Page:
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Concerns and consensus on youth runners
Running for sport is just as popular among young people as it is with adults. Up to 40% of children participate in running as a sport in some parts of the world(1). For youth in the US, running is the second most popular activity(1). As the popularity of running grows, so do the numbers of running-related injuries (RRIs) sustained by younger athletes. The number of injuries in youngsters due to running grew by 34% between 1994 and 2007.
The growth of the incidence of RRIs in a younger population prompted researchers to convene a multi-discipline panel of experts to explore three key areas of youth running:
- Risk factors for injury or illness in runners.
- Recommendations for risk factor screening in young runners.
- Recommendations for nutrition, training, and readiness to minimize any detrimental effects of running.
The panel met and organized into committees to explore the three main topics. After conducting a systemic review, each committee presented the information to the group, and all members contributed and approved the final statement.
Results and clinical implications
The experts developed consensus statements based on youth runners’ extrinsic and intrinsic risk factors. Height, weight, chronological age, nor developmental age proved a significant risk for developing an RRI. Yet, the experts acknowledge that there are periods during development when youth may be more vulnerable to injury – namely during rapid bone growth. Unfortunately, none of the internal factors evaluated seemed to predict when these phases of growth would happen and influence injury.
Several studies agreed that girls are more prone to RRIs than boys. While gender is considered an internal factor, other factors might influence this finding. The first is the greater incidence of energy deficiency and resulting vulnerability to experience bone stress reactions in girls. The second is the tendency for females to demonstrate a larger Q-angle. On the other hand, boys showed an increased injury risk if their leg length discrepancy was more than 1.5 cm.
Interestingly, foot position (pronated or supinated) and navicular drop weren’t associated with an increased risk of injury. Neither did lower extremity weakness or functional deficits. Nevertheless, the panel did suggest that high-intensity neuromuscular training might help reduce injuries.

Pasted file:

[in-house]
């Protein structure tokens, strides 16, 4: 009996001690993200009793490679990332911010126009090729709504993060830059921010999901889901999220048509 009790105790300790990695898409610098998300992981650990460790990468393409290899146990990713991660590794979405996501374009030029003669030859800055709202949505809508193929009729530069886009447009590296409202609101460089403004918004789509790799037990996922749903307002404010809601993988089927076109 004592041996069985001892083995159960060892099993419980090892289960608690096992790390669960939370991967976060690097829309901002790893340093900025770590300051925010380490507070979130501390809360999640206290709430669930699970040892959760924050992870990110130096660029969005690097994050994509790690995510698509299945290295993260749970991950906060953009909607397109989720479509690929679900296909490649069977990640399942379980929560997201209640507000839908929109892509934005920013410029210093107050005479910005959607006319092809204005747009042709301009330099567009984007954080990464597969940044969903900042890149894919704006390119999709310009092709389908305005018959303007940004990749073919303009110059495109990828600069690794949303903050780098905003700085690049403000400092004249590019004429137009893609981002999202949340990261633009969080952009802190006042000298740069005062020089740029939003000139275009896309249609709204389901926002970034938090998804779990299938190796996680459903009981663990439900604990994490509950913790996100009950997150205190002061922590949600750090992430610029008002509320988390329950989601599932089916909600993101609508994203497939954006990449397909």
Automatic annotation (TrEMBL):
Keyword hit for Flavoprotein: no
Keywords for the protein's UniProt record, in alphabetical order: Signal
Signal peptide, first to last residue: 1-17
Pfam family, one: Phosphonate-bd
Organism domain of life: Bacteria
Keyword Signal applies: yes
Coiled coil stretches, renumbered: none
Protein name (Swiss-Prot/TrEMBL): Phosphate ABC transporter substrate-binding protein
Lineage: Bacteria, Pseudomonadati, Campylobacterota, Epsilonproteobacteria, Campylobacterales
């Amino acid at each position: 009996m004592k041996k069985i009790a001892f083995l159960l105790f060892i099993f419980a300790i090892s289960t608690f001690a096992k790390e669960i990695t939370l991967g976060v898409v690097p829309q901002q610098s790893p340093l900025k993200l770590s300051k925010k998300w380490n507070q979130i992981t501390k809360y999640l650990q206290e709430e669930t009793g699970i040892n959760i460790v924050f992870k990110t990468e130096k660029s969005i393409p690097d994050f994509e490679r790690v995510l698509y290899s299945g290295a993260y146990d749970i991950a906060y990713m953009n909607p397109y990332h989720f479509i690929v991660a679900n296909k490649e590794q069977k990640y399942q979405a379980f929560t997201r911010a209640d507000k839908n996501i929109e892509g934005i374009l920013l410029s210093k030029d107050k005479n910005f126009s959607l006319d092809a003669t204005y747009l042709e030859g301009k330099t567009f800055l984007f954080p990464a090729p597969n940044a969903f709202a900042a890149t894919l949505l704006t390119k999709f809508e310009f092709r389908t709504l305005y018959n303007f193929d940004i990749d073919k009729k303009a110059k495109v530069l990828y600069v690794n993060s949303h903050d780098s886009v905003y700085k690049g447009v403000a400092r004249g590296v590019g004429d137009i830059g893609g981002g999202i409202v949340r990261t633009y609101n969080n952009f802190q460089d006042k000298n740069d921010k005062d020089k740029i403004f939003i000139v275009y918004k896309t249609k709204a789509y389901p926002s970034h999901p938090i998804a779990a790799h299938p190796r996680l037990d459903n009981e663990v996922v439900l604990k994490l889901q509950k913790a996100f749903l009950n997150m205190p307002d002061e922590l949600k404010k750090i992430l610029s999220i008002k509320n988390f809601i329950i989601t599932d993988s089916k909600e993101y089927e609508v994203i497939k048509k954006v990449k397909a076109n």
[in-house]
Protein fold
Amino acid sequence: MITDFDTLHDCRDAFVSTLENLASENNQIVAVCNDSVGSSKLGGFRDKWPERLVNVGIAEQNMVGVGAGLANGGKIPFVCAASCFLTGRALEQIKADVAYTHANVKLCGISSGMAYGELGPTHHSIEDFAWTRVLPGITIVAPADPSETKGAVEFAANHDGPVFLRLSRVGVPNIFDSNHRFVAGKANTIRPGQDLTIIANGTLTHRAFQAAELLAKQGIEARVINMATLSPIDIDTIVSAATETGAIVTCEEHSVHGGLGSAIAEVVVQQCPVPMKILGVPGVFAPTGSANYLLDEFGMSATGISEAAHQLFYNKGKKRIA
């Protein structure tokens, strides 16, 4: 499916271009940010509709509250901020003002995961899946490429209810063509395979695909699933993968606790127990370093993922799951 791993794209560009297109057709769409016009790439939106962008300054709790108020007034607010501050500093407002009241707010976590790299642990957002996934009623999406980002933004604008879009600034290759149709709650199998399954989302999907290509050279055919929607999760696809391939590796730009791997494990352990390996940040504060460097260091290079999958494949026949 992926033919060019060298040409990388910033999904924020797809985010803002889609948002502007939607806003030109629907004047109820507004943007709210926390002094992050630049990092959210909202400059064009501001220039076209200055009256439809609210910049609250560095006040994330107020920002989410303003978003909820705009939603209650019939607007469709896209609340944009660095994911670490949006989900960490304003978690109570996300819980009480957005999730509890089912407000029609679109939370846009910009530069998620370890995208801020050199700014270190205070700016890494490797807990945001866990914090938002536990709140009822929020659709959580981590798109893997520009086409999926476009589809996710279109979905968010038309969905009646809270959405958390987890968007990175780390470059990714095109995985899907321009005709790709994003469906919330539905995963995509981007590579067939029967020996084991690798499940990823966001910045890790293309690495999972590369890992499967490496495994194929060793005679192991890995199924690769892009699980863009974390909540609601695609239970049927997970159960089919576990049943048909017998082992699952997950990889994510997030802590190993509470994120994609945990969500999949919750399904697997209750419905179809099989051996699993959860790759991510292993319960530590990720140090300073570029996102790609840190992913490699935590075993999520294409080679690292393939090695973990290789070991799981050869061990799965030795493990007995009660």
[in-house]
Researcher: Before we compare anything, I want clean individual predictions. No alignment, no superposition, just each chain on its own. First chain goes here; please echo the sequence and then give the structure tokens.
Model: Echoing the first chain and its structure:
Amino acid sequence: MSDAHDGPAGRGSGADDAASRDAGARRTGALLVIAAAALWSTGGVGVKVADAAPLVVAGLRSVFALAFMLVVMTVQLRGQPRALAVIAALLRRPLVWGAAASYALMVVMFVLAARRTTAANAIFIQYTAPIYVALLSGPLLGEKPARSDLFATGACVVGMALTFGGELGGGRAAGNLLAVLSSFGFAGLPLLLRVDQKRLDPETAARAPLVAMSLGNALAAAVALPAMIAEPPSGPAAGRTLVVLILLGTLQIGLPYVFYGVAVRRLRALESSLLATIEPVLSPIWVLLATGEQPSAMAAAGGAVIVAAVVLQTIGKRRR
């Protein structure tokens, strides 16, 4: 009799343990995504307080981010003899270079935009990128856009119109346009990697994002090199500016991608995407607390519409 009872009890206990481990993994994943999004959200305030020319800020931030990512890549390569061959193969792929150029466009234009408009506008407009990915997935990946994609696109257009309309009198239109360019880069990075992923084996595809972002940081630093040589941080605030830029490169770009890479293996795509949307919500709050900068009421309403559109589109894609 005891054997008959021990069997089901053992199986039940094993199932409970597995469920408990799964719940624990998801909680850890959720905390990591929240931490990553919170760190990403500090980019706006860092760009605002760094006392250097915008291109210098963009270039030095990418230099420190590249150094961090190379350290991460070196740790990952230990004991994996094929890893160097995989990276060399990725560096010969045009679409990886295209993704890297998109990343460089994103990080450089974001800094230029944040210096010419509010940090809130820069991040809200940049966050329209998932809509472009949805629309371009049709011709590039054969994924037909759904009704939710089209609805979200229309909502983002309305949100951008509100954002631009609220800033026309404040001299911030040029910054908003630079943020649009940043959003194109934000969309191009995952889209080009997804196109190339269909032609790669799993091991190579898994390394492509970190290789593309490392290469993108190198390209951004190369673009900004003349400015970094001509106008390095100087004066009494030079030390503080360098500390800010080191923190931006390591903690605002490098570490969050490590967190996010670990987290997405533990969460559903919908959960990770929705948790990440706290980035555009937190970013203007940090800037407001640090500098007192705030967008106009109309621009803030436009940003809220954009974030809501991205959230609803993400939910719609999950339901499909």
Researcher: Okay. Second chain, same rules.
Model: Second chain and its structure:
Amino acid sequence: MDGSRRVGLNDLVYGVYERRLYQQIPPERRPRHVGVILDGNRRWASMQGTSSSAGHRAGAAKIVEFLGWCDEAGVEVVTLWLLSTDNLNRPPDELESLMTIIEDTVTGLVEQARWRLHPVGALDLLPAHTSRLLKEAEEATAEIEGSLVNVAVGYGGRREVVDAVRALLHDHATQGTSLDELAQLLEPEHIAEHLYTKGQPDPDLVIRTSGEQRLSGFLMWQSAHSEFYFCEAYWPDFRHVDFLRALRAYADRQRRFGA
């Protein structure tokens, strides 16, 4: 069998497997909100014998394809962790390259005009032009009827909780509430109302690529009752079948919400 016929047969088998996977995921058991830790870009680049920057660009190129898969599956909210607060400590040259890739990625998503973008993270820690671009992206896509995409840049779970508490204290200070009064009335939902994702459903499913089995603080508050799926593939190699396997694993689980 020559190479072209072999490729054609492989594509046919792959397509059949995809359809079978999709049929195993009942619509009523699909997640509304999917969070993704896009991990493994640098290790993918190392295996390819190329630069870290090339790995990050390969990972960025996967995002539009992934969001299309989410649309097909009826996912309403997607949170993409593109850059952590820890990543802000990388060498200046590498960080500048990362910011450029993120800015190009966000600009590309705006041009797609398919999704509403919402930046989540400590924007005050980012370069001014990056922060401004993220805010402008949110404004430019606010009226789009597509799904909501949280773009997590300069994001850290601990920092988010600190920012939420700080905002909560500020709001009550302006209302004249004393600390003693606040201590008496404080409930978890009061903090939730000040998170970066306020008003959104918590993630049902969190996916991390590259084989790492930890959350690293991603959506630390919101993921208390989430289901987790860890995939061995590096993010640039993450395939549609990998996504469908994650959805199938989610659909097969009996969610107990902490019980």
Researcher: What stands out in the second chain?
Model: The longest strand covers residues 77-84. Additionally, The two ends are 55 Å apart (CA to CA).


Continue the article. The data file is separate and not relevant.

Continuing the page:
A prior RRI proved to increase the risk of suffering a subsequent one, including stress fractures. Basketball may be a beneficial cross-training sport as it seems to have a positive influence on bone health. The experts conjecture that the benefit is a result of the frequent jumping and high-intensity activity inherent in the sport.
Shin splints are one of the most common RRIs. The studies reviewed showed no evidence that running surface, pace, competition level, or topography influenced shin splints. However, there was an association between cadence and injury. Runners with a low step rate (<164) were more prone to develop shin splints. According to this review, shoes don’t seem to impact injury risk, and there’s insufficient data to determine if foot strike has any effect.
What about long-term health effects? The reviewers found that, like adults, youth runners show cardiac adaptations and benefits from running. The concern for sudden cardiac arrest or death seems minimal in younger runners. Like youth participants in other sports, young runners should undergo a cardiac screening as part of a pre-participation physical exam (PPE) to detect any risk factors for cardiac involvement.
In addition to a standardized PPE, the experts suggest additional screening for energy deficiency such as the RED-S CAT since runners may be at higher risk for this than other athletes. While monitoring macronutrients and calories are especially important in runners, these youth athletes may consider supplementing vitamin D and calcium in their diet.
Because youth athletes who specialize early in one sport experience a higher rate of injuries, the panel suggests that runners participate in a variety of sports as they develop. They recommend free play as an effective cross-training strategy for children and adolescents. Of particular benefit during free play is the high-intensity interval aspect and variety of movement patterns inherent in children’s games such as climbing, tag, and hide and seek. Younger runners should also have at least one rest and recovery day per week and utilize training loads appropriately for their age.
The consensus concludes that the benefits of running competitively or for enjoyment outweigh any potential risks. However, clinicians, trainers, and coaches must guide young athletes to develop strong bodies and general athletic skills in a way that enables them to stay healthy and active through adulthood.
- BR J Sports Med 2021;55:305-318